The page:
But it was Esiason who ended up as the no-huddle's chief engineer. The genius of Wyche at the line of scrimmage. When Mike Brown called Esiason last month to tell him he was in The Ring, his mind audibled to another phone call. The one Wyche made to end Esiason's epic draft day slide. Wyche died three years ago, but he lives when No. 7 goes in the ring.
"Putting me in an offense never seen before. It was unprecedented and he was trusting me as his quarterback," Esiason says. "He was always fighting with me, too. I always had that unique relationship with him and I wish he was able to see it and I wish I was able to go in with him. Or at least celebrate what he was as a coach and what he meant to me as a coach."
Esiason just didn't have words with Wyche. There were pitched battles with management that were exacerbated by the nastiness of the '87 strike. But the headlines never lingered with Mike Brown. After all, twice he signed Esiason to deals among the NFL's biggest contracts ever.
"There was a hefty respect for one another, but there was always a little bit of NFL vs. NFLPA, too," Esiason says. "But when it got down to brass tacks for both of us, what counted for us is what unfolded on the field and we were fortunate enough to make it to a Super Bowl."
No matter what, Brown has been an unabashed Boomer fan since he scouted him at Maryland. Maybe he wasn't razor accurate, "but it was how he conducted himself." Brown remembers an injury to his shoulder and Esiason staying in the game: "He showed toughness, he showed leadership, he showed some of what he would show to the public and the fan base. He was a special personality.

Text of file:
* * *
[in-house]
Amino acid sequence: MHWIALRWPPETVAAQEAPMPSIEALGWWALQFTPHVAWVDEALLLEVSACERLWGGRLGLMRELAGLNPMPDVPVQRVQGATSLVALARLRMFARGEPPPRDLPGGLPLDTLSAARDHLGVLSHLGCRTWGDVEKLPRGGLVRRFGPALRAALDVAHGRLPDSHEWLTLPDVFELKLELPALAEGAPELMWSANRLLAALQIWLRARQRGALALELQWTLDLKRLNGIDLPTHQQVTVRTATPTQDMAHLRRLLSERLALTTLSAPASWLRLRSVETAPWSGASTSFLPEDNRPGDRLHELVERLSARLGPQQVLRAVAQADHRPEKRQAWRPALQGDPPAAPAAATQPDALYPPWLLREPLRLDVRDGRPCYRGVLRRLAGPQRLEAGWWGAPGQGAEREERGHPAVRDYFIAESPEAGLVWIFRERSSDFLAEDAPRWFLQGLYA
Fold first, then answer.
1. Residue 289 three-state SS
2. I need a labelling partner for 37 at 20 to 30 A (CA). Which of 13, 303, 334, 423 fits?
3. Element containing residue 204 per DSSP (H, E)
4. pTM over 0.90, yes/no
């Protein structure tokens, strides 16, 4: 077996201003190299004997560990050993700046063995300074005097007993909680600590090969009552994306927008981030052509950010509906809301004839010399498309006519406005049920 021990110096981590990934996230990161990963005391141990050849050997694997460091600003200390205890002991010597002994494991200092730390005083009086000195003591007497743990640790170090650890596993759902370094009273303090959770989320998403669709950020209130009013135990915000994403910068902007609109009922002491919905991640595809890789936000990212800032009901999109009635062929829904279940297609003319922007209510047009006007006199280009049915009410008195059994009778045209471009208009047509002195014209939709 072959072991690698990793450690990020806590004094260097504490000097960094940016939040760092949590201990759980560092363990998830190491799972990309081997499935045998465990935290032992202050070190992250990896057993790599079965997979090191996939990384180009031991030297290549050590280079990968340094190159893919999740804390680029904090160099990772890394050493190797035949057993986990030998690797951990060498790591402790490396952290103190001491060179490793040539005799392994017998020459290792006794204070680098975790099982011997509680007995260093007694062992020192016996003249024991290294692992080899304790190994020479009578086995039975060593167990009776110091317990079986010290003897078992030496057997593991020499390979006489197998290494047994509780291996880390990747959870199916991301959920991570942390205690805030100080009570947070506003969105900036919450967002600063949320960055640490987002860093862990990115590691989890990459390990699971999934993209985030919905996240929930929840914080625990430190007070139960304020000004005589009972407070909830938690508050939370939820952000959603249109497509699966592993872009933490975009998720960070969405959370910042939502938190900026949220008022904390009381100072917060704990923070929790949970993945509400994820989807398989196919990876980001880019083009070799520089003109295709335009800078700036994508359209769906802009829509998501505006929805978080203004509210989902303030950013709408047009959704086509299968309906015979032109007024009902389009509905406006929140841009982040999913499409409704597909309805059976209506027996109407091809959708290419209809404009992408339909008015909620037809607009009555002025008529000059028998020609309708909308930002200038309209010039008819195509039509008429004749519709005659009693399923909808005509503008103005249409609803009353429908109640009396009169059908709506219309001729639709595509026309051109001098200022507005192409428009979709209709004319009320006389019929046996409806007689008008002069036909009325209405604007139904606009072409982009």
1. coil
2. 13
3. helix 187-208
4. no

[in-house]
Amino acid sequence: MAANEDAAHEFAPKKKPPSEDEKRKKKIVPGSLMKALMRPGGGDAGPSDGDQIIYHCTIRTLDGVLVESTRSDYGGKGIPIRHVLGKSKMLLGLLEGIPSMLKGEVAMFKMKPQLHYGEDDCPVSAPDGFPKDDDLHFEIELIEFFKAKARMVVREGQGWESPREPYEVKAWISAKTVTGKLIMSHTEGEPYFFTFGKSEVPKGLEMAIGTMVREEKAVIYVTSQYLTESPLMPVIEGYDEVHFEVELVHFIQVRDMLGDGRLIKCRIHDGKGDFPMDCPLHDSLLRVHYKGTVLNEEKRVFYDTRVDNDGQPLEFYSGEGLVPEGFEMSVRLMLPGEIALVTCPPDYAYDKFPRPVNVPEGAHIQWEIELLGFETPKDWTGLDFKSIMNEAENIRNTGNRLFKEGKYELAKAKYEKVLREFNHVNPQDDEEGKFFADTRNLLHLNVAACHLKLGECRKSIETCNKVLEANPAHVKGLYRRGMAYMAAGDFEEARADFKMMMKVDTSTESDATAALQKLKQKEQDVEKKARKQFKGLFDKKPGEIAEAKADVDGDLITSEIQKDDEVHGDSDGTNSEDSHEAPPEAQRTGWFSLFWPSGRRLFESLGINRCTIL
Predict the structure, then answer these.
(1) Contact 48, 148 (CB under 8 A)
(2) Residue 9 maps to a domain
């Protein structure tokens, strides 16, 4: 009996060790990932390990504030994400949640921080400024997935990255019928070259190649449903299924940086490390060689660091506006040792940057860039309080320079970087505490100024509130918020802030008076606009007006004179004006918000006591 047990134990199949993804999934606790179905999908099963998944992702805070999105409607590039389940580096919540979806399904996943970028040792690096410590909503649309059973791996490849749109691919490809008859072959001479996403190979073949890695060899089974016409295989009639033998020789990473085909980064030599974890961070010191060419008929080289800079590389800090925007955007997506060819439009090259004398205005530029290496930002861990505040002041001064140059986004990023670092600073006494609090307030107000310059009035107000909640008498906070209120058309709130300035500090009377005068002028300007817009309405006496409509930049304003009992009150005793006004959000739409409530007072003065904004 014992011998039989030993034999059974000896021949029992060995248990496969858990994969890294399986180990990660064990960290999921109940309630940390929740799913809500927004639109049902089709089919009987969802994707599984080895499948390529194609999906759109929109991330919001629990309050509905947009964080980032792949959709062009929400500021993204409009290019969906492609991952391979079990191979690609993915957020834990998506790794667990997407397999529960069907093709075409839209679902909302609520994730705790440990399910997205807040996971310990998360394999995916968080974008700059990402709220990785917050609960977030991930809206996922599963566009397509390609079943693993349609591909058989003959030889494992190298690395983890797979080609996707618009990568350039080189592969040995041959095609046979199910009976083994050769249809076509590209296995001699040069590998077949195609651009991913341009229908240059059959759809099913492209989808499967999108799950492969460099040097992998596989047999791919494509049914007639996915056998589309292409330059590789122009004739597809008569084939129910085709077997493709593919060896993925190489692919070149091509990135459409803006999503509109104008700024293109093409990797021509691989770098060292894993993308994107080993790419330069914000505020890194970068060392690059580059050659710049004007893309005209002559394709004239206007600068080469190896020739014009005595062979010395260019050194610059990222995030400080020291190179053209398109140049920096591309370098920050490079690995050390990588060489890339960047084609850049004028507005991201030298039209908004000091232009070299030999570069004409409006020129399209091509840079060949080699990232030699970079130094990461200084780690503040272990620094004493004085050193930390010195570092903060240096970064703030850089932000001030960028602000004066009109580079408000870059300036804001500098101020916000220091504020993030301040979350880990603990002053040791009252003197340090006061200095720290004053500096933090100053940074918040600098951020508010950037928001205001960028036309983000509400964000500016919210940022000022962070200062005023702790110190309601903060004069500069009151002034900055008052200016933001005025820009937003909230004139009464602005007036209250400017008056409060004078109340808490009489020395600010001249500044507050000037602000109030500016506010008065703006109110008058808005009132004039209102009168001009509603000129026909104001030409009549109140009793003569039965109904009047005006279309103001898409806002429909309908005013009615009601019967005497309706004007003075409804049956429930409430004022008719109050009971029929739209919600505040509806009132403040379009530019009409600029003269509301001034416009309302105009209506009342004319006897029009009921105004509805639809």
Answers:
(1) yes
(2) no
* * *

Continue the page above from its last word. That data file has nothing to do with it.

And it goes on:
"Boomer was never afraid to say his piece. I don't resent that. I actually believe that's what it's all about. Say what you think. Don't hold back. He would stand up and say he liked this or didn't like that."
Esiason's time to stand up is at halftime of the Monday nighter against the Rams. Of course it would be.
View the best photos of QB Boomer Esiason as he is inducted into the Bengals Ring of Honor.
"It's great to see and I know there are a lot more deserving players who are going in," Esiason says. "I'm just happy to be one of them."
Yes, the irony strikes him, too. A Monday night game. "A weird circle," Esiason admits.
After his five-game Hot as Hell reunion tour ended the 1997 season with numbers better than his MVP year, fans and teammates clamored for more. Mike Brown drew up a two-year contract for Esiason to stay, but thought the offer to join Al Michaels in the ABC Monday Night booth was too good to pass up and told him so.
"We had a difference of opinion," Brown says. "I thought he should take it because that kind of offer doesn't come down the pike very often."
It turns out there wasn't that big of a difference of opinion.
Esiason says it was the second time ABC had made the offer and hinted this was the last one. At 36, the plantar fasciitis in both feet hobbled him so badly he doubted he had 32 games left. His two kids, Gunnar and Sydney, were now of school age back on Long Island and he was starting to miss stuff that mattered.
"I don't remember what it was, but Mike made a generous offer," Esiason says. "I remember thinking walking off the field after that last game, 'Oh my God, if I have to see Ray Lewis one more time, I'm going to have a heart attack."'
The Rams bring their own Hall-of-Fame defender to town for that Monday night game. But Esiason won't have to worry about Aaron Donald. He'll be safely in the Ring of Honor.